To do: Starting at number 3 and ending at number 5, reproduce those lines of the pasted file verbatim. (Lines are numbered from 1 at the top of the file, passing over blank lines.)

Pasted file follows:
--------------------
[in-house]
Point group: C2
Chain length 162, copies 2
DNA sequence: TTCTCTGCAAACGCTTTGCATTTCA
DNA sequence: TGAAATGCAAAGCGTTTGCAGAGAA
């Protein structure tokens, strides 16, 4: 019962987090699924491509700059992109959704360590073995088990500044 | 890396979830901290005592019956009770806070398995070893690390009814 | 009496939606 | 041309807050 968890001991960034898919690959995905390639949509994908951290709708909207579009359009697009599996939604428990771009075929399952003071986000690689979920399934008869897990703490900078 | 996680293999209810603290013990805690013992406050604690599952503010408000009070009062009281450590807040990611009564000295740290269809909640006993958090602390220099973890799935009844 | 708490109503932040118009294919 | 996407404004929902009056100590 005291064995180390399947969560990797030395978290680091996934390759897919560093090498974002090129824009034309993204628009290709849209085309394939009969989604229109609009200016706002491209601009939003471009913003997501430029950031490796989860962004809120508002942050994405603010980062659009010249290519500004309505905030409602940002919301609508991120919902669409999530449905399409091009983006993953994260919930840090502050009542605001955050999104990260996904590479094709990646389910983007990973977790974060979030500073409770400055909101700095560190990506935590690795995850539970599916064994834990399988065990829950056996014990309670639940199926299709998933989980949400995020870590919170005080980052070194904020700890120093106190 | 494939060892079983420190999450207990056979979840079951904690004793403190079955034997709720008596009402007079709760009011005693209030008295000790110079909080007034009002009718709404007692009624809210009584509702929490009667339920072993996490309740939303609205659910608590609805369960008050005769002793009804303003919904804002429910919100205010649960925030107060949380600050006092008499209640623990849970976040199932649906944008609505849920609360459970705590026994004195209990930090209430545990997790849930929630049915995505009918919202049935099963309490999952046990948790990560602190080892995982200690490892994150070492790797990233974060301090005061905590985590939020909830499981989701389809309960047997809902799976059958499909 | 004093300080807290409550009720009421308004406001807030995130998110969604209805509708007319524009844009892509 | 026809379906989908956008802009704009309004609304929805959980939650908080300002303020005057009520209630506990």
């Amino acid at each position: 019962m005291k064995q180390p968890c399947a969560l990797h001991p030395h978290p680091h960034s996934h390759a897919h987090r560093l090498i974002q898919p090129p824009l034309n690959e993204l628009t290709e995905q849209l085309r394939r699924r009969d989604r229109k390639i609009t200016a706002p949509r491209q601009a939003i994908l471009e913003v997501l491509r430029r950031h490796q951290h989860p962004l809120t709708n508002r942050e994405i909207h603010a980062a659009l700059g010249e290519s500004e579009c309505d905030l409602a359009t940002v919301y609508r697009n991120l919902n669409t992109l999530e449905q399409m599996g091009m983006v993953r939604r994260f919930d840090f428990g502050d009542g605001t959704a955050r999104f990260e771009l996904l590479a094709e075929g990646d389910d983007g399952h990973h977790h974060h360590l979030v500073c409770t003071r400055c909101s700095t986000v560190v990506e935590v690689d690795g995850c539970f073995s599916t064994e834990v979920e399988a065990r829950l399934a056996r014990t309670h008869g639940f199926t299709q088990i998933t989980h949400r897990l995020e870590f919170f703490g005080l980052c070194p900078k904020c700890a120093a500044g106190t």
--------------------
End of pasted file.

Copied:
Chain length 162, copies 2
DNA sequence: TTCTCTGCAAACGCTTTGCATTTCA
DNA sequence: TGAAATGCAAAGCGTTTGCAGAGAA